I met with my supervisor this morning to do a “chapter exchange”: I gave him a freshly revised sixty-eight page behemoth, and he returned sixty pages, freshly corrected, that he’s been sitting on for months now.
As we sat chatting about what he’d like me to change—relatively little, to my great relief—he suggested, as he has a few times, in the past month or so, that he doesn’t need to see any more of my work until I have a full, pretty polished, draft of the whole. damn. thing.
By the end of September, say? Why not.
Cue my heart, which didn’t know whether to pound its way out of my chest in excitement, pride, or fear.
On the one hand, it’s nice that my supervisor has such faith in me and my work. On the other, I have little-to-no faith in myself or in the academic sludge that I produce now that I have epilepsy (anxiety disorder, fuelled by chronic neurological condition, for the win!).
I recognize that I’m in a highly enviable position in that while my supervisor is incredibly empathetic and understanding, he never gives me the impression that he’s lowered his standards for me because of my medical problems, which would not be a situation that I’d easily handle (much as the thought of less pressure is somewhat appealing, at times, I’ll want to know that I’ve truly earned this thing when I convocate, and I will convocate, goshdarnit). If the end-of-September date that he casually tossed out there today doesn’t end up being reasonable, he’ll be cool with that—in fact, he made sure to let me know that it’s flexible. I find it immensely pleasing, however, that he thinks I’m at a point that having a good draft finished by then is a tenable goal, one that I—seizures and all—could potentially reach.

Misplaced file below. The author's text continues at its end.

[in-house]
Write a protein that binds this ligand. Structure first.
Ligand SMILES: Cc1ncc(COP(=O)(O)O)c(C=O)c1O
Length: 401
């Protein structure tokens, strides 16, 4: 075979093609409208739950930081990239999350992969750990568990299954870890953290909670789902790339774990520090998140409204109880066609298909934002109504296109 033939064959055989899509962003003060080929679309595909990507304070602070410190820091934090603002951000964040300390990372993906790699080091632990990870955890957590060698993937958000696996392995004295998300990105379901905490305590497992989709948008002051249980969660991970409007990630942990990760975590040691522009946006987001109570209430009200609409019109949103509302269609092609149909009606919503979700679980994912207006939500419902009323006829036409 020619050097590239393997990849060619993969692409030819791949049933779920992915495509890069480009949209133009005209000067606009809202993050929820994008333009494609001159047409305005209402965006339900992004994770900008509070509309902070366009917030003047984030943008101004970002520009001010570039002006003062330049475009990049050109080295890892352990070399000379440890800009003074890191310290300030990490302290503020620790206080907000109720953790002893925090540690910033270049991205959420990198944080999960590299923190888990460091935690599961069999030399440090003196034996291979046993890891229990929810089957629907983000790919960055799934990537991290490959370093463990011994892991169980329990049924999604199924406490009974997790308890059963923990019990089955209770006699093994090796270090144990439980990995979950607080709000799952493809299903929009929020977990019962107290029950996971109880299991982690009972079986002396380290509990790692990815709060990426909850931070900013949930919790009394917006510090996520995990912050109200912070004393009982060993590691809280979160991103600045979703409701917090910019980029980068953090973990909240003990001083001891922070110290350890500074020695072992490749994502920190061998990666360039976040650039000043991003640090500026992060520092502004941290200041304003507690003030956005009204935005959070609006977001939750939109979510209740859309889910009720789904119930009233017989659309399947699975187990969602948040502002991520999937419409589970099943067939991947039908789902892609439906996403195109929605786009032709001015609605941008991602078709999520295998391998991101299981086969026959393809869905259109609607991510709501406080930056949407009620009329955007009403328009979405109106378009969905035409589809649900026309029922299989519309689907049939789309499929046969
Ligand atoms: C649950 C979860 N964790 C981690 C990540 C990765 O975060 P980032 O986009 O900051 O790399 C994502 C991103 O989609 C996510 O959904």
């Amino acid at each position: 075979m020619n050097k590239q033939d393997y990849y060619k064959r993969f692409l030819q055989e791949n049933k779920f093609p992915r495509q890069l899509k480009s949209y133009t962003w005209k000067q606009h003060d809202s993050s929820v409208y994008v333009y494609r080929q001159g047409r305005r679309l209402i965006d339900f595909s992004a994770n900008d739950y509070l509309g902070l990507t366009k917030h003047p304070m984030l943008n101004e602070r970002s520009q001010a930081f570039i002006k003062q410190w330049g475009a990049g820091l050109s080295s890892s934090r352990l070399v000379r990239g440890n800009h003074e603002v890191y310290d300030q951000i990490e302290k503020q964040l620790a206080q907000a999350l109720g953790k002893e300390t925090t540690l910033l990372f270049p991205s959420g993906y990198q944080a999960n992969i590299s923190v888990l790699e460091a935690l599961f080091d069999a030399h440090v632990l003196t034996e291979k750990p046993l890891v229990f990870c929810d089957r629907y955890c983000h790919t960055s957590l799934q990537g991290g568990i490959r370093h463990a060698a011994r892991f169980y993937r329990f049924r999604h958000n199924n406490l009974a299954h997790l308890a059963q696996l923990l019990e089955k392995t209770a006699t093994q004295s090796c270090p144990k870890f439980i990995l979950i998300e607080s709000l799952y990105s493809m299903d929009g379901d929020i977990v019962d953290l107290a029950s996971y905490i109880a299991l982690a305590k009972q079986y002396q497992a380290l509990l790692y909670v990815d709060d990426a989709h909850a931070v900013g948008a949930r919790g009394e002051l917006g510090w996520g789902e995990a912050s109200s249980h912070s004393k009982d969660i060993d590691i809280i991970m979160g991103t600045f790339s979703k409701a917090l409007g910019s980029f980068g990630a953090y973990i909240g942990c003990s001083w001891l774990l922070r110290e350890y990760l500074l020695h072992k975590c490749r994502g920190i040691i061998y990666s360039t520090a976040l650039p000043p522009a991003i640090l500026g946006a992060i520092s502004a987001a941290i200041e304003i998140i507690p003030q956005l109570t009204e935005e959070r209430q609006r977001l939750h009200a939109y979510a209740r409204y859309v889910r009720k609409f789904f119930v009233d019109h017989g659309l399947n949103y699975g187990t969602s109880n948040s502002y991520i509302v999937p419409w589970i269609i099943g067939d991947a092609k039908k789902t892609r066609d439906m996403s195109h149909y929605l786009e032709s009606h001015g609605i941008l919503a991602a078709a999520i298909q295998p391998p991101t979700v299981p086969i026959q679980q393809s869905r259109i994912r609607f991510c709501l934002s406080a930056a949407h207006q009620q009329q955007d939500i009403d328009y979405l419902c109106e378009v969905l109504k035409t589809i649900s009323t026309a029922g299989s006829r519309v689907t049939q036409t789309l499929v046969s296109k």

(Longer, better-edited post next time: I promise.)